thunderclaps, its hail, onto the stiff
leaves of the magnolia tree;
(sounds of shaking crystal which startle you
in your nest of sleep; and the gold
snuffed on the mahogany, on the backs
of the bound books, flares again
like a grain of sugar in the shell
of your eyelids)

the lightning that blanches
the trees and walls, freezing them
like images on a negative (a benediction
and destruction you carry carved
within you, a condemnation that binds you
stronger to me than any love, my strange sister):
and then the tearing crash, the jangling sistrums, the rustle
of tambourines in the dark ditch of the night,
the tramp, scrape, jump of the fandango. . .and overhead
some gesture that blindly is groping. . .
as when
turning around, and, sweeping clear your forehead
of its cloud of hair,

you waved to me--and entered the dark.

by Eugenio Montale; translated from Italian by Charles Wright

The Lemon Trees

Listen: the laureled poets
stroll only among shrubs
with learned names: ligustrum, acanthus, box.
What I like are streets that end in grassy
ditches where boys snatch
a few famished eels from drying puddles:
paths that struggle along the banks,
then dip among the tufted canes,
into the orchards, among the lemon trees.

Better, if the gay palaver of the birds
is stilled, swallowed by the blue:
more clearly now, you hear the whisper
of genial branches in that air barely astir,
the sense of that smell
inseparable from earth,
that rains its restless sweetness in the heart.
Here, by some miracle, the war
of conflicted passions is stilled,
here even we the poor share the riches of the world—
the smell of the lemon trees.

See, in these silences when things
let themselves go and seem almost
to reveal their final secret,
we sometimes expect
to discover a flaw in Nature,
the world's dead point, the link that doesn't hold,
the thread that, disentangled, might at last lead us
to the center of a truth.
The eye rummages,
the mind pokes about, unifies, disjoins
in the fragrance that grows
as the day closes, languishing.
These are the silences where we see
in each departing human shade
some disturbed Divinity.

But the illusion dies, time returns us
to noisy cities where the sky is only
patches of blue, high up, between the cornices.
Rain wearies the ground; over the buildings
winter's tedium thickens.
Light grows niggardly, the soul bitter.
And, one day, through a gate ajar,
among the trees in a courtyard,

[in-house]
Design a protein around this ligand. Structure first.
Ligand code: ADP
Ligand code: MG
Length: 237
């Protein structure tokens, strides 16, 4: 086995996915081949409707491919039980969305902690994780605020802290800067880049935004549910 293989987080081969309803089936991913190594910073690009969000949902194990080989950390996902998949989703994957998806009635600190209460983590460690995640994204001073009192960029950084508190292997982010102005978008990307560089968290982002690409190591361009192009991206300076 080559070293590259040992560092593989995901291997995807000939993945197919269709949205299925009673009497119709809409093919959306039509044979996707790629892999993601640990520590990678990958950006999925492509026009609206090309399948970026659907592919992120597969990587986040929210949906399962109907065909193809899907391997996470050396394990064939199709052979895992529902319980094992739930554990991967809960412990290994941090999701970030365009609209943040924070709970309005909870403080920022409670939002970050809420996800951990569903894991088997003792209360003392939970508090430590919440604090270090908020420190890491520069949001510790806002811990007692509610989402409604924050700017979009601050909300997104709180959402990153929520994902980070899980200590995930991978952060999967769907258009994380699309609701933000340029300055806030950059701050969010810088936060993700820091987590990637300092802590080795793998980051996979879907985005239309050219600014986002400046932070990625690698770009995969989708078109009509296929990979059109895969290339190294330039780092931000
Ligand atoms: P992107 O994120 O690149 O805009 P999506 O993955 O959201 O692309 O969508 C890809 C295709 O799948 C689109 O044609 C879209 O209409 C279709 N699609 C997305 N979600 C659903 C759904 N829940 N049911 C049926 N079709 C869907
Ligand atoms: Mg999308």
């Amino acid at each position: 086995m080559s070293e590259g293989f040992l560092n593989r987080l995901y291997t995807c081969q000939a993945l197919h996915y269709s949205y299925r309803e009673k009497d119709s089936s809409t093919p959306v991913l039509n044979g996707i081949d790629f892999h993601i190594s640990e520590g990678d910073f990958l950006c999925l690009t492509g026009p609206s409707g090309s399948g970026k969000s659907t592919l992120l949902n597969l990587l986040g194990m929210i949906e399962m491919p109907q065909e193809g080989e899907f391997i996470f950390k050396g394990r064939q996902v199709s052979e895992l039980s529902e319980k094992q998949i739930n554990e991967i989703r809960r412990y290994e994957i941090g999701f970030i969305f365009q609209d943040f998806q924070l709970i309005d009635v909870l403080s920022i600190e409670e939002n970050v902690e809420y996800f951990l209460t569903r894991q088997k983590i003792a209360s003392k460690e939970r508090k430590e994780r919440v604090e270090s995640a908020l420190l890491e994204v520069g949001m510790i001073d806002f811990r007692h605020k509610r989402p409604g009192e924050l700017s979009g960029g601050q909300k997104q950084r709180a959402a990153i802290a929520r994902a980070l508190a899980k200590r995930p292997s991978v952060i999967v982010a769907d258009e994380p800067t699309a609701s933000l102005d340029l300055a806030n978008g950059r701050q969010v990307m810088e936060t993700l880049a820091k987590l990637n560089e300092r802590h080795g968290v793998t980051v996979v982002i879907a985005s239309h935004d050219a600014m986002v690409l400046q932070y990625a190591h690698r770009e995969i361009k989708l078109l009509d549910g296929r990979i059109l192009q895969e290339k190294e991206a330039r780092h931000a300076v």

we see the yellows of the lemon trees;
and the heart's ice thaws,
and songs pelt
into the breast
and trumpets of gold pour forth
epiphanies of Light!

by Eugenio Montale; translated from Italian by William Arrowsmith, Cuttlefish Bones, Norton

from “Cuttlefish Bones”

Bring me the sunflower, let me plant it
in my field parched by the salt sea wind,
and let it show the blue reflecting sky
the yearning of its yellow face all day.

Dark things tend to brightness, bodies
die out in a flood of colors,
colors in music. So disappearing is
the destiny of destinies.

Bring me the plant that leads the way
to where blond transparencies
rise, and life as essence turns to haze;
bring me the sunflower crazed with light.

by Eugenio Montale; translated from Italian by Jonathan Galassi

From Poems: Montale published by Everyman’s Library, 2020



I shall be still stronger.
Still clearer, purer, so let
The sweet invasion of oblivion come on.
I want to sleep.

If I could forget myself, if I were only
A tranquil tree.
Branches to spread out the silence.
Trunk of mercy.

The great darkness, grown motherly,
Deepens little by little.
Brooding over this body that the soul —
After a pause — surrenders.

It may even embark from the endless world.
From its accidents.
And, scattering into stars at the last.
The soul will be daybreak.

Abandoning myself to my accomplice.
My boat,
I shall reach on my ripples and mists
Into the dawn.

I do not want to dream of useless phantoms,
I do not want a cave.
Let the huge moonless spaces
Hold me apart, and defend me.

Let me enjoy so much harmony
Thanks to the ignorance
Of this being, that is so secure
It pretends to be nothing.

Night with its darkness, solitude with its peace.
Everything favors
My delight in the emptiness
That soon will come.

Emptiness, O paradise
Rumored about so long:
Sleeping, sleeping, growing alone
Very slowly.

Darken me, erase me.
Blessed sleep.
As I lie under a heaven that mounts
Its guard over me.

Earth, with your darker burdens.
Drag me back down.
Sink my being into my being:
Sleep, sleep.

by Jorge Guillen, 1893-1984; translated from the Spanish by James Wright


You are here on earth, our Father,
for I see you in the pine needle,
in the blue torso of the worker,
in the small girl who embroiders
with bent shoulder, mixing the thread on her finger.
Our Father here on earth,
in the furrow,
in the orchard,
in the mine,
in the seaport,
in the movie house,
in the wine,
in the house of the doctor.
Our Father here on earth,
where you have your glory and your hell,
and your limbo in the cafes
where the rich have their cool drink.
Our Father who sits in school without paying,
you are in the groceryman,
and in the man who is hungry,
and in the poet--never in the usurer!
Our Father here on earth,
reading on a bench of the Prado,